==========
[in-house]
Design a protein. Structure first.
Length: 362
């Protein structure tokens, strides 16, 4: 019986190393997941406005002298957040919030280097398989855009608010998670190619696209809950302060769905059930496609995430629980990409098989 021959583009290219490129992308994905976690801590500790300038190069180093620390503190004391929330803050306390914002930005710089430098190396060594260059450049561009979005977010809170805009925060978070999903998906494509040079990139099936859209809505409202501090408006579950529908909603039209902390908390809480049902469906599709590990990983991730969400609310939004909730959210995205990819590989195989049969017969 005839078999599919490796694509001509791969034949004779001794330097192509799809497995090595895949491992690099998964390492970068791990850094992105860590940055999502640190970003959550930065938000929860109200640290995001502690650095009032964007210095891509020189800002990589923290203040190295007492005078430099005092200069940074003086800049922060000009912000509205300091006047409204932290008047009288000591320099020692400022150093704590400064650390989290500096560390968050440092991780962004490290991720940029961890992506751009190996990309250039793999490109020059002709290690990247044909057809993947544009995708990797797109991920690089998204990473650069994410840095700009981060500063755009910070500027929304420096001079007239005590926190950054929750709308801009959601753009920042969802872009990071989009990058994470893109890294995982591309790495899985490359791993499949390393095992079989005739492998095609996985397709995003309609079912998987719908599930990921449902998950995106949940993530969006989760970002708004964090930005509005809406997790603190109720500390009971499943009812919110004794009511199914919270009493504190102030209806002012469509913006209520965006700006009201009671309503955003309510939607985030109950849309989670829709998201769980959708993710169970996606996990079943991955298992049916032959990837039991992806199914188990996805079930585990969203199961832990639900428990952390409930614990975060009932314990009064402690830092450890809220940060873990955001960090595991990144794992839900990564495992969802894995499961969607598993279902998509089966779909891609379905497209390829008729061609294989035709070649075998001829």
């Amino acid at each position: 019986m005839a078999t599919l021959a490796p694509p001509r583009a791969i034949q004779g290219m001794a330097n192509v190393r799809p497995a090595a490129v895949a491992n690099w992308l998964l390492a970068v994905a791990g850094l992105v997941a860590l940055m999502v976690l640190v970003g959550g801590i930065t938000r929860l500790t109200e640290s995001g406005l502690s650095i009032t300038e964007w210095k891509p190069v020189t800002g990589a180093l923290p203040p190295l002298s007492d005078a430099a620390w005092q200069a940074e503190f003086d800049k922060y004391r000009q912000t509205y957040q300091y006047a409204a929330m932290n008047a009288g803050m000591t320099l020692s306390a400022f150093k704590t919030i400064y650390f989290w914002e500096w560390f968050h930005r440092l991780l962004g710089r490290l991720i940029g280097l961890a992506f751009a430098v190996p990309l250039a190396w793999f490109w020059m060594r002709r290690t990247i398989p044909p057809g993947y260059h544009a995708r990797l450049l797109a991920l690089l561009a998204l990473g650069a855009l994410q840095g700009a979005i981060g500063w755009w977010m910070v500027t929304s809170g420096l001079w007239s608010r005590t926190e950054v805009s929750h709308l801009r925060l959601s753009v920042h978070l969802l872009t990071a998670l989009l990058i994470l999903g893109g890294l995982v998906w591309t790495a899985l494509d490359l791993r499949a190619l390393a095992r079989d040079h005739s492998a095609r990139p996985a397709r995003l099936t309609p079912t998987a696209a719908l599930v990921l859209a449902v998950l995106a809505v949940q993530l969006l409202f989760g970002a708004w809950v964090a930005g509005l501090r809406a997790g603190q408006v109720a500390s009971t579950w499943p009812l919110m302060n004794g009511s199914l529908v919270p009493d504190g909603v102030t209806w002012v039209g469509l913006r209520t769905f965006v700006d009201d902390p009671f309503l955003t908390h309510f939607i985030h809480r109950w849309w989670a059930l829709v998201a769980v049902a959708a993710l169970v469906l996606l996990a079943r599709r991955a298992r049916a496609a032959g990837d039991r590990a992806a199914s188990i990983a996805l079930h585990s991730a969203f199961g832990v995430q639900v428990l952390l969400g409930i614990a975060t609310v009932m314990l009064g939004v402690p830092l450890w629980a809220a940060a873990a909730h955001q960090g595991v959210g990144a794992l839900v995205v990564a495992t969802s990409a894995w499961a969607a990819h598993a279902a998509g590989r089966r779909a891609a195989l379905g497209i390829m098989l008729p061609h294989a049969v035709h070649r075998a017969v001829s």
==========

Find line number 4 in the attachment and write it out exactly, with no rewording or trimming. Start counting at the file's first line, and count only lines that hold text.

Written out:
């Protein structure tokens, strides 16, 4: 019986190393997941406005002298957040919030280097398989855009608010998670190619696209809950302060769905059930496609995430629980990409098989 021959583009290219490129992308994905976690801590500790300038190069180093620390503190004391929330803050306390914002930005710089430098190396060594260059450049561009979005977010809170805009925060978070999903998906494509040079990139099936859209809505409202501090408006579950529908909603039209902390908390809480049902469906599709590990990983991730969400609310939004909730959210995205990819590989195989049969017969 005839078999599919490796694509001509791969034949004779001794330097192509799809497995090595895949491992690099998964390492970068791990850094992105860590940055999502640190970003959550930065938000929860109200640290995001502690650095009032964007210095891509020189800002990589923290203040190295007492005078430099005092200069940074003086800049922060000009912000509205300091006047409204932290008047009288000591320099020692400022150093704590400064650390989290500096560390968050440092991780962004490290991720940029961890992506751009190996990309250039793999490109020059002709290690990247044909057809993947544009995708990797797109991920690089998204990473650069994410840095700009981060500063755009910070500027929304420096001079007239005590926190950054929750709308801009959601753009920042969802872009990071989009990058994470893109890294995982591309790495899985490359791993499949390393095992079989005739492998095609996985397709995003309609079912998987719908599930990921449902998950995106949940993530969006989760970002708004964090930005509005809406997790603190109720500390009971499943009812919110004794009511199914919270009493504190102030209806002012469509913006209520965006700006009201009671309503955003309510939607985030109950849309989670829709998201769980959708993710169970996606996990079943991955298992049916032959990837039991992806199914188990996805079930585990969203199961832990639900428990952390409930614990975060009932314990009064402690830092450890809220940060873990955001960090595991990144794992839900990564495992969802894995499961969607598993279902998509089966779909891609379905497209390829008729061609294989035709070649075998001829």